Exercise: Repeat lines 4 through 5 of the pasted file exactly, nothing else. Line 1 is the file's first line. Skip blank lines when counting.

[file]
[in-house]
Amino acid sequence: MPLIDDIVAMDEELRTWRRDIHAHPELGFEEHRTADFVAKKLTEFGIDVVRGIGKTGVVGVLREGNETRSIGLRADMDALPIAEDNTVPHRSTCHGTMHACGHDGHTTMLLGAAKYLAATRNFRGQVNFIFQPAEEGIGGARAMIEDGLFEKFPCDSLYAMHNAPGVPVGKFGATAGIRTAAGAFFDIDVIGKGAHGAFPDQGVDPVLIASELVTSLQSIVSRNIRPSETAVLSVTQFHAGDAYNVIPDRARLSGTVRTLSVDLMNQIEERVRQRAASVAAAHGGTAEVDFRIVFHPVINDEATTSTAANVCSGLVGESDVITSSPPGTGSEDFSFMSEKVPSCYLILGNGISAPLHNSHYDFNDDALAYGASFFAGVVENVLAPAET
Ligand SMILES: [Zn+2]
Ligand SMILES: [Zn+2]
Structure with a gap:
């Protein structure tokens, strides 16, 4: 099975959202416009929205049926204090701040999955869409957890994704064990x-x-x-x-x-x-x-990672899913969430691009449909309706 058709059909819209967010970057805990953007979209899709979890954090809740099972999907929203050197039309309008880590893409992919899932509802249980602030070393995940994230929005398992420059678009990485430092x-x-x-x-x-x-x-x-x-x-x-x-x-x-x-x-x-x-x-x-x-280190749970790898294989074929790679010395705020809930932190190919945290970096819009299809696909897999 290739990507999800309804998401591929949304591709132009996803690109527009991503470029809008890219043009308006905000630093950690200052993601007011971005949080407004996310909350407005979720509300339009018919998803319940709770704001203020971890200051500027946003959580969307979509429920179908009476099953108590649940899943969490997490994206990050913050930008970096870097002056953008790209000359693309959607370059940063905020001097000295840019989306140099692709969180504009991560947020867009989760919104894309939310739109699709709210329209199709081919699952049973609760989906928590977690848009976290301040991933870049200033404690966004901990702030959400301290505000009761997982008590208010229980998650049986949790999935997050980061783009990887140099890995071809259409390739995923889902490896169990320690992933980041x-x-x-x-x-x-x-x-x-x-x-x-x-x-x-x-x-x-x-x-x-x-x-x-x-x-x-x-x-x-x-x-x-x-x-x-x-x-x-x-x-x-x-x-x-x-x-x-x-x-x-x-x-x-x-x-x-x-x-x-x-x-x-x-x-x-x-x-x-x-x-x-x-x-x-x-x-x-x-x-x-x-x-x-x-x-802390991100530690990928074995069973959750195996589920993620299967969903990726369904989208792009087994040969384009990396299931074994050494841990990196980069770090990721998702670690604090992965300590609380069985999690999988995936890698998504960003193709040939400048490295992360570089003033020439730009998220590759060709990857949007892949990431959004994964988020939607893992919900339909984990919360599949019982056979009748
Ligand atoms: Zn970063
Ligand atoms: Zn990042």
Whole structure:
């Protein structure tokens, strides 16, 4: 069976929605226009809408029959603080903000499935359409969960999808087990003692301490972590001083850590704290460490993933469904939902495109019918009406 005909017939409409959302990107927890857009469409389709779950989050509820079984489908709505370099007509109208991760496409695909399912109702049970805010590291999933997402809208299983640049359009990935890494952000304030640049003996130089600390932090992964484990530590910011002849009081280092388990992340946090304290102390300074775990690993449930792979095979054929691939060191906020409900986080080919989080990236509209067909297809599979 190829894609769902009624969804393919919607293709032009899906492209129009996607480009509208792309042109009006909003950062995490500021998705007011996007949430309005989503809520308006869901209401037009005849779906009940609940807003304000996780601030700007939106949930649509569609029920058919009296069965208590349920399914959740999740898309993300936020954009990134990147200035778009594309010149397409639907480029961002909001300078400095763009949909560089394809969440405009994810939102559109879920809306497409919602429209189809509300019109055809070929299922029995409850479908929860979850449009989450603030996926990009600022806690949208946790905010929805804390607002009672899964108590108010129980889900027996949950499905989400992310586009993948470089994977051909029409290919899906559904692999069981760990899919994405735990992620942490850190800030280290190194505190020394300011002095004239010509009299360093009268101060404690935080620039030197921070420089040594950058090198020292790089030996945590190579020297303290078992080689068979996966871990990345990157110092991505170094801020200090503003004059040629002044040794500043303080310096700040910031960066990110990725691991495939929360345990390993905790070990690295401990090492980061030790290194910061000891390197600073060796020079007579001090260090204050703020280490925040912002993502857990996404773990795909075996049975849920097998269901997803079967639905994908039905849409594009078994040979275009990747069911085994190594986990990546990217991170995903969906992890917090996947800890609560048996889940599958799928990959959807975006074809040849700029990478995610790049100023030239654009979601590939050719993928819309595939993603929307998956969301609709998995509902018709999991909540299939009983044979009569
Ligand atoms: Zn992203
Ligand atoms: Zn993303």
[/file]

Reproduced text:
Ligand SMILES: [Zn+2]
Structure with a gap: